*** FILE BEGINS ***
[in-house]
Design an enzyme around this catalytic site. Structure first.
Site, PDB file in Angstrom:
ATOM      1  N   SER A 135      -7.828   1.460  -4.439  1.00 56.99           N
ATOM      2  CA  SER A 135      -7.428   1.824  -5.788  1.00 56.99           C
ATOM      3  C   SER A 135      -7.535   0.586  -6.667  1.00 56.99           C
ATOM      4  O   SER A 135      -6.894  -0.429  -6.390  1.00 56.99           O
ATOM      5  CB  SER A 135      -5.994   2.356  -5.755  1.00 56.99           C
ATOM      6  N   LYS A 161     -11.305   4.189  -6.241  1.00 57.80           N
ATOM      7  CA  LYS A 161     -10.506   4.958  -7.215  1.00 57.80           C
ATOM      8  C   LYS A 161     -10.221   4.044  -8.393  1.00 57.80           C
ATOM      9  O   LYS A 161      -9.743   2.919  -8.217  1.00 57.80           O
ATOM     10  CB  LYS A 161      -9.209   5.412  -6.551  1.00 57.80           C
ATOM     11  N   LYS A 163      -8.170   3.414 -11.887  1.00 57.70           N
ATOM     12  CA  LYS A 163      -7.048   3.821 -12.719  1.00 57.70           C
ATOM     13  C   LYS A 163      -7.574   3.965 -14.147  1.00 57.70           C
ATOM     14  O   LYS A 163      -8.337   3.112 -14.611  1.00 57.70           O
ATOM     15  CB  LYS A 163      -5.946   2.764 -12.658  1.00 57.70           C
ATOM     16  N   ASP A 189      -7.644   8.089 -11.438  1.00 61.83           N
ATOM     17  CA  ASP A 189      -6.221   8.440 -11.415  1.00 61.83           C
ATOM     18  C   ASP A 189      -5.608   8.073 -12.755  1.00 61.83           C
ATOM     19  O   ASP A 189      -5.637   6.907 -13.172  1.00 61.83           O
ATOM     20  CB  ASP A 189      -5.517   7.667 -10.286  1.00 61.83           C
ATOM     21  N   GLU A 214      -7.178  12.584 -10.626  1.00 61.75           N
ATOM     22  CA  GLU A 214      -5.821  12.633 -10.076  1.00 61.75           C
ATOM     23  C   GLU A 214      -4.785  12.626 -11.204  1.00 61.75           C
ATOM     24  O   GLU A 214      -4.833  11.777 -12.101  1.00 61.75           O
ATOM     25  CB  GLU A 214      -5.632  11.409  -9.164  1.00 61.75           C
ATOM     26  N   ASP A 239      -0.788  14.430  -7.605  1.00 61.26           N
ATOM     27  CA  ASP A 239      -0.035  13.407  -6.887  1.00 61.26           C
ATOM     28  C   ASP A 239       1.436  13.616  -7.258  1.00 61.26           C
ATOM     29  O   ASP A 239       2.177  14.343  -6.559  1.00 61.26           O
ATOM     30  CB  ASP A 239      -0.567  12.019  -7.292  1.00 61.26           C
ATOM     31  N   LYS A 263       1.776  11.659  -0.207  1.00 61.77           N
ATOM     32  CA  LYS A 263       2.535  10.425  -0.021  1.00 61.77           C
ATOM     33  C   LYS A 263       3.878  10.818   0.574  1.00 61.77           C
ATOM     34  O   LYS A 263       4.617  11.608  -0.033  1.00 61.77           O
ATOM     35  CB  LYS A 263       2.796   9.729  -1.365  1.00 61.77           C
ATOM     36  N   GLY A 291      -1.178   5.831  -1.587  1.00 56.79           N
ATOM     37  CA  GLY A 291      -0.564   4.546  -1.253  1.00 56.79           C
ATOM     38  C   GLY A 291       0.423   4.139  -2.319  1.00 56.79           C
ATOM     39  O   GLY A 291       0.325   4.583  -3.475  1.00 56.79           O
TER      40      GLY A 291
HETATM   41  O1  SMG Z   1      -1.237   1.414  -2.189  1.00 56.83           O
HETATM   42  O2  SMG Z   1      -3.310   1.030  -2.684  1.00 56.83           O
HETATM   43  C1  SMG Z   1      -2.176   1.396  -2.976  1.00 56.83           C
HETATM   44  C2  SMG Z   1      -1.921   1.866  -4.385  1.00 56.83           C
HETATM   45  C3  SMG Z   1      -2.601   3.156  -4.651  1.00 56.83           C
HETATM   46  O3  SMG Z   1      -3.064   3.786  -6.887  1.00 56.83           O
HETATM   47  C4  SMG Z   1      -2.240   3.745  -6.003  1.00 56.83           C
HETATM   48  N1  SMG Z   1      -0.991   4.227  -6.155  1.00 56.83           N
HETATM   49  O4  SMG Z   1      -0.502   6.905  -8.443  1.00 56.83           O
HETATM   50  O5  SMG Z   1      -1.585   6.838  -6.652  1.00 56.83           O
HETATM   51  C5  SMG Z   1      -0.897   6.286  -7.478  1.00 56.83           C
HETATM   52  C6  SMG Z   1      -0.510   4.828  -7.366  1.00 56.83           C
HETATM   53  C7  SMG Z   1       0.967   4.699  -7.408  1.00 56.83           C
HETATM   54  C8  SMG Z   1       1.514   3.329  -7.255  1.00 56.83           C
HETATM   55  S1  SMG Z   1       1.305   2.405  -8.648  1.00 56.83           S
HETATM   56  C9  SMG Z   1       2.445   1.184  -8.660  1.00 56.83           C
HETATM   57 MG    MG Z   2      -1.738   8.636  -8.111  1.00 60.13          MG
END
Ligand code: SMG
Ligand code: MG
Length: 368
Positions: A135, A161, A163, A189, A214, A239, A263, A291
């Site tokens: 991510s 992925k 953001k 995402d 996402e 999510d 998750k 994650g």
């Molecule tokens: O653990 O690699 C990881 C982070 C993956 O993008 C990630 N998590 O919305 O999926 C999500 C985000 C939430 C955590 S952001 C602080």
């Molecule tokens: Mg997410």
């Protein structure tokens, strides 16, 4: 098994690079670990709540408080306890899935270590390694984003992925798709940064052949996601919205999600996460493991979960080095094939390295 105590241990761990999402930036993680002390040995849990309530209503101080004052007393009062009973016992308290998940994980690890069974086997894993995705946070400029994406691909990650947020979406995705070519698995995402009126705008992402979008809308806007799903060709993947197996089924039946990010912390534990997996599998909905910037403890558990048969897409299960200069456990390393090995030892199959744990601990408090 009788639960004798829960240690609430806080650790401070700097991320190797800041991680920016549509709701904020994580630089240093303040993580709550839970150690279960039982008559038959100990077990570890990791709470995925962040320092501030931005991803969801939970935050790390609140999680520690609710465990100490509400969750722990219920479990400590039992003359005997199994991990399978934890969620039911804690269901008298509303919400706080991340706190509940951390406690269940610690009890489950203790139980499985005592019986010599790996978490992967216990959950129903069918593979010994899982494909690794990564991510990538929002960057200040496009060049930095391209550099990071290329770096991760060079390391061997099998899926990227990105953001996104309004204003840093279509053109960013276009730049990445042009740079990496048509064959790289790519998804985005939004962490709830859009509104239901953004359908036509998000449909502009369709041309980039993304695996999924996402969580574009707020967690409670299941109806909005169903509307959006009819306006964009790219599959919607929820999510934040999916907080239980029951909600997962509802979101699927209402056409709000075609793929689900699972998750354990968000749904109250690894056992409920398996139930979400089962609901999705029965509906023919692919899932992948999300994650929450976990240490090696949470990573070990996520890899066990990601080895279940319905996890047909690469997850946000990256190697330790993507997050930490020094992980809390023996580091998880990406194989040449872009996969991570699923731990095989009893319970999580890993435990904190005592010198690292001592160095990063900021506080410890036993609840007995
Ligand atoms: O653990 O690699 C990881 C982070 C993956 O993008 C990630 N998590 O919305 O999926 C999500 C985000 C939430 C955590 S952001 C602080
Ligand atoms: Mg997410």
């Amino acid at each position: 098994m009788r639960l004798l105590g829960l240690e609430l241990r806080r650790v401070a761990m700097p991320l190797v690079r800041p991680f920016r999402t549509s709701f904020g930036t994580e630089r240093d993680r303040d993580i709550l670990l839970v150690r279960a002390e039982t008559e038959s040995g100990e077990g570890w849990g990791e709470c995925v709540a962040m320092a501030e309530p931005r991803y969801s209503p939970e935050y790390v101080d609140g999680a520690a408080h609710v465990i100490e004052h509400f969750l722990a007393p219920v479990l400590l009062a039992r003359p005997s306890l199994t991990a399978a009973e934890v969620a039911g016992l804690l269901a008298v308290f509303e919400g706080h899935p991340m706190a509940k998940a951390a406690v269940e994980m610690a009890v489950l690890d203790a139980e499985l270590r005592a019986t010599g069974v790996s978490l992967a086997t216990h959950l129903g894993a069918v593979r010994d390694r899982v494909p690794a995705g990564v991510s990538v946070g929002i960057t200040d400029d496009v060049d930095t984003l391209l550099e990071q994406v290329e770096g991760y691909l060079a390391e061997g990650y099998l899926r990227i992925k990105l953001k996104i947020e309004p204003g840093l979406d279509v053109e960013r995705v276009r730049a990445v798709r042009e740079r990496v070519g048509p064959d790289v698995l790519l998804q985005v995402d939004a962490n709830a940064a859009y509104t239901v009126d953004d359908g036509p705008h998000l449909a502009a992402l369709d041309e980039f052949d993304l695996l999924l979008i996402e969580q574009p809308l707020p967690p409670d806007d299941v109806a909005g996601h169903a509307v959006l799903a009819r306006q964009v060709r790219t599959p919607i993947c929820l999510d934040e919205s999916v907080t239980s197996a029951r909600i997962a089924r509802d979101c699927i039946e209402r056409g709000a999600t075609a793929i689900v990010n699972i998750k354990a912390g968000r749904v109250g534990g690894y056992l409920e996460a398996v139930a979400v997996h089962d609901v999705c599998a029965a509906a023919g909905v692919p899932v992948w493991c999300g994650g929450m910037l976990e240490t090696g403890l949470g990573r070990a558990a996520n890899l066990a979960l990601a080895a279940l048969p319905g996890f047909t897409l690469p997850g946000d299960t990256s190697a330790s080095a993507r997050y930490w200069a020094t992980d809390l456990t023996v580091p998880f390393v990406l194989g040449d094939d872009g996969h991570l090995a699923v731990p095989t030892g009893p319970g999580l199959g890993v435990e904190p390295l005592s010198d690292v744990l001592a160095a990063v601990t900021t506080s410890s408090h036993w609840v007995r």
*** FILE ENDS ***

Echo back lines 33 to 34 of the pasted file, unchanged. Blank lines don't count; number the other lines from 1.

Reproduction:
ATOM     30  CB  ASP A 239      -0.567  12.019  -7.292  1.00 61.26           C
ATOM     31  N   LYS A 263       1.776  11.659  -0.207  1.00 61.77           N